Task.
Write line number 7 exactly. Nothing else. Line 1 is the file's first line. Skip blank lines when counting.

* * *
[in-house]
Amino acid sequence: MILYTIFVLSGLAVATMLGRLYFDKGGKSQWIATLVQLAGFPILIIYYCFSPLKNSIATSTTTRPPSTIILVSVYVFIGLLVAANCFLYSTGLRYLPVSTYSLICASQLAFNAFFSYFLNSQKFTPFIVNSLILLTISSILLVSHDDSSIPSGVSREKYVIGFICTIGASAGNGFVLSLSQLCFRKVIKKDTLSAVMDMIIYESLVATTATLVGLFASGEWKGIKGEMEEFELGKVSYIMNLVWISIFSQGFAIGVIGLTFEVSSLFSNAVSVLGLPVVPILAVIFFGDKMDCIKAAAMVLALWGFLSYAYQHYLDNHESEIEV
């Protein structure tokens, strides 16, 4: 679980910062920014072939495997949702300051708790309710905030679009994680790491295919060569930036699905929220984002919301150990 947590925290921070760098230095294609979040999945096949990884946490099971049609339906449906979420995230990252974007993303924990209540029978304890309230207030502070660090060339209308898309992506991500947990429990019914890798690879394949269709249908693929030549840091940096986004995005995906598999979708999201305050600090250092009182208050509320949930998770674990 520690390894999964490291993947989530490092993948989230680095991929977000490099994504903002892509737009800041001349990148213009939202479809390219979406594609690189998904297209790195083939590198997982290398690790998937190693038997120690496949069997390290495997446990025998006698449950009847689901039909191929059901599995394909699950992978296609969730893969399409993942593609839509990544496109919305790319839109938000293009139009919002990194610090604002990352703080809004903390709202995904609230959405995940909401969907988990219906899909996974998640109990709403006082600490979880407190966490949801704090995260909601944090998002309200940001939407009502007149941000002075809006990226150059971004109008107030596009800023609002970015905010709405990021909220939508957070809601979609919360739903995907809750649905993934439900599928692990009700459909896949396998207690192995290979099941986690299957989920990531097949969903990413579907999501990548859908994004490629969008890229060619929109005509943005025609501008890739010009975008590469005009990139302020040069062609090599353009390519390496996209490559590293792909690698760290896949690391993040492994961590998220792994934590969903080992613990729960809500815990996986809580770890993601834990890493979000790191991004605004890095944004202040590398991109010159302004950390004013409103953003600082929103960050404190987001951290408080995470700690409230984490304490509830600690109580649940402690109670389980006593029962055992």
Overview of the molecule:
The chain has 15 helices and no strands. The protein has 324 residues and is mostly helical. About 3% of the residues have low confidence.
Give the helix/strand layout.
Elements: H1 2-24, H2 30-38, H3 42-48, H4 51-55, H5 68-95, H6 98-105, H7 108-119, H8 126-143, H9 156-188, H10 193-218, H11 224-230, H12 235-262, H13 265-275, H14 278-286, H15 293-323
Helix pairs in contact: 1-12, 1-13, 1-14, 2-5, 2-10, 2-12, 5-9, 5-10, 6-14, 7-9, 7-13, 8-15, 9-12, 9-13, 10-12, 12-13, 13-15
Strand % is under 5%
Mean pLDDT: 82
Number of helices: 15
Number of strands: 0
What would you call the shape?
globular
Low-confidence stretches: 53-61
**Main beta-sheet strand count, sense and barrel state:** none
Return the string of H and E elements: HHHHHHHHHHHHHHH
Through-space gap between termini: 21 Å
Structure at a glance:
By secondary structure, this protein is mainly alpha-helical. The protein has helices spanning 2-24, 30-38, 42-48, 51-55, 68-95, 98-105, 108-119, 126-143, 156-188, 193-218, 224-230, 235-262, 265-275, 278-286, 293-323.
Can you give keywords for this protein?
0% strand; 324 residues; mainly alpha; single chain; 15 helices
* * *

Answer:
Elements: H1 2-24, H2 30-38, H3 42-48, H4 51-55, H5 68-95, H6 98-105, H7 108-119, H8 126-143, H9 156-188, H10 193-218, H11 224-230, H12 235-262, H13 265-275, H14 278-286, H15 293-323